for joining us, everybody. why do you think that? >> well, as many of your guests have told you today, it's removing that uncertainty. i think this market doesn't care who wins. they'll finally put it to rest. they'll finally know who they're dealing with. it's better the devil you know than the devil you don't. >> gary, you're really focused on that fiscal cliff. are they going to be able to work this out? tell us how you envision this taking place after the election. >> we think this is the critical problem the country faces after the election. we see several scenarios. one is just kick the can down the road. we don't think that's the most likely scenario. the other is going over the fiscal cliff. we don't think that's the most likely scenario. we think there will be some compromise which will create some fiscal drag for the economy. >> if they've not been able to come to a compromise on this yet -- and by the way, this all happened one year ago. everybody who was in place today, that includes the president and congress, this happened on their watch. so you would think that they would s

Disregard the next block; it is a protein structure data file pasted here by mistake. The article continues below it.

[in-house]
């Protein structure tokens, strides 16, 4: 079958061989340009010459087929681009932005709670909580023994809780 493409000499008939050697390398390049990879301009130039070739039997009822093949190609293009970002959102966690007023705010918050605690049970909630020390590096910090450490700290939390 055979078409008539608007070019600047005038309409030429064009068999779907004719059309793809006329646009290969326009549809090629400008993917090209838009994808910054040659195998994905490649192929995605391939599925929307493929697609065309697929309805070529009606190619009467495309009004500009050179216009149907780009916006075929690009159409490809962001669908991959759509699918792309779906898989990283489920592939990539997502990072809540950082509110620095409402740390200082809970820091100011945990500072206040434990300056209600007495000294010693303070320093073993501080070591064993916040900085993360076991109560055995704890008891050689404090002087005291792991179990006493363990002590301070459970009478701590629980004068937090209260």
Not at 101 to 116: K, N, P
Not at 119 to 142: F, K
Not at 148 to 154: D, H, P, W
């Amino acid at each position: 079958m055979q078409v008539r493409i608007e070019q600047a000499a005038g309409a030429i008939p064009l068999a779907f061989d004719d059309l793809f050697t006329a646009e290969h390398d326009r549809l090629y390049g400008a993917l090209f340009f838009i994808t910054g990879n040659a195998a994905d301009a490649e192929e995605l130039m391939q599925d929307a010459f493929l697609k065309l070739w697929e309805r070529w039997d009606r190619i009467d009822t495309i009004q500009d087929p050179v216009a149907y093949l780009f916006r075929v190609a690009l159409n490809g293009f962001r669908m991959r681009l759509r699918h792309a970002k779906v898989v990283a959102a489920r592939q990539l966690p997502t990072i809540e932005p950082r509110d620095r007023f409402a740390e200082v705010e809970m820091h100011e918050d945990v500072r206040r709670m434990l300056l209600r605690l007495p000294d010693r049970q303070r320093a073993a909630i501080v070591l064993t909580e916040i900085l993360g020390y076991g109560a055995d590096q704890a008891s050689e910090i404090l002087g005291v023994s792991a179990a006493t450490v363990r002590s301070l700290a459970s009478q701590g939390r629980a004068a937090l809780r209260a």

-on cnbc interview. good to have you on the program. thanks for joining us. >> sure, maria. >> well, tell us, what happened first yesterday at final mediation talks? was a deal ever close? >> you know, the judge has a gag order. he'll have my head if i talk about what went on during the mediation, but i think that he wanted to make sure that he did everything in his power to try to find a deal, if there was one to be found. you know, i appreciate the fact that he went through that effort. i was hopeful, but i think realistically that was going to be a tough thing to pull off. >> how much of an implication it was the fact the union leader did not show up to those mediation talks? >> well, the leader of the bakers union sent his second in command to the meeting. i think that part of what we needed to sort of focus on is the hole that's been created by the strike and the financial damage from that strike and our inability to produce at some of our critical plants. really just created a brand new hole that was too large to fill. bankrupt companies don't have a lot of margin for error to begin